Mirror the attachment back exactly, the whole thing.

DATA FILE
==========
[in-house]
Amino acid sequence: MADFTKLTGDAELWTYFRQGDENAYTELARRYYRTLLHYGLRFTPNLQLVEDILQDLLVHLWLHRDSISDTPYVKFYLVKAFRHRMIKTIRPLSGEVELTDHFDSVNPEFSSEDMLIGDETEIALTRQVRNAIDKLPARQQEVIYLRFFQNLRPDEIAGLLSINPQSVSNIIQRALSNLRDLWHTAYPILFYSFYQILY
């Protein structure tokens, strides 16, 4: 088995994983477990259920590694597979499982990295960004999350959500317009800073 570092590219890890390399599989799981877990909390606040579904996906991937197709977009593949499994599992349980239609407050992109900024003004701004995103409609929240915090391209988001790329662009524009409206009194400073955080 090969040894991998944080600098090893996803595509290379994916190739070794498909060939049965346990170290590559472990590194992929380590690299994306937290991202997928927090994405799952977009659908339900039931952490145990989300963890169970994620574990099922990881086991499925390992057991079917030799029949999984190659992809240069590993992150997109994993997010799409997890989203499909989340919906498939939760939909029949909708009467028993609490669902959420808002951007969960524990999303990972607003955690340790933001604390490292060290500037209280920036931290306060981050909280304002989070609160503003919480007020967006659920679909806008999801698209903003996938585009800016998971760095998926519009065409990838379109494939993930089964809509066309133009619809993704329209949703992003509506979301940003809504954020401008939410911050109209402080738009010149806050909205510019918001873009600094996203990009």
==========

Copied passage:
[in-house]
Amino acid sequence: MADFTKLTGDAELWTYFRQGDENAYTELARRYYRTLLHYGLRFTPNLQLVEDILQDLLVHLWLHRDSISDTPYVKFYLVKAFRHRMIKTIRPLSGEVELTDHFDSVNPEFSSEDMLIGDETEIALTRQVRNAIDKLPARQQEVIYLRFFQNLRPDEIAGLLSINPQSVSNIIQRALSNLRDLWHTAYPILFYSFYQILY
């Protein structure tokens, strides 16, 4: 088995994983477990259920590694597979499982990295960004999350959500317009800073 570092590219890890390399599989799981877990909390606040579904996906991937197709977009593949499994599992349980239609407050992109900024003004701004995103409609929240915090391209988001790329662009524009409206009194400073955080 090969040894991998944080600098090893996803595509290379994916190739070794498909060939049965346990170290590559472990590194992929380590690299994306937290991202997928927090994405799952977009659908339900039931952490145990989300963890169970994620574990099922990881086991499925390992057991079917030799029949999984190659992809240069590993992150997109994993997010799409997890989203499909989340919906498939939760939909029949909708009467028993609490669902959420808002951007969960524990999303990972607003955690340790933001604390490292060290500037209280920036931290306060981050909280304002989070609160503003919480007020967006659920679909806008999801698209903003996938585009800016998971760095998926519009065409990838379109494939993930089964809509066309133009619809993704329209949703992003509506979301940003809504954020401008939410911050109209402080738009010149806050909205510019918001873009600094996203990009």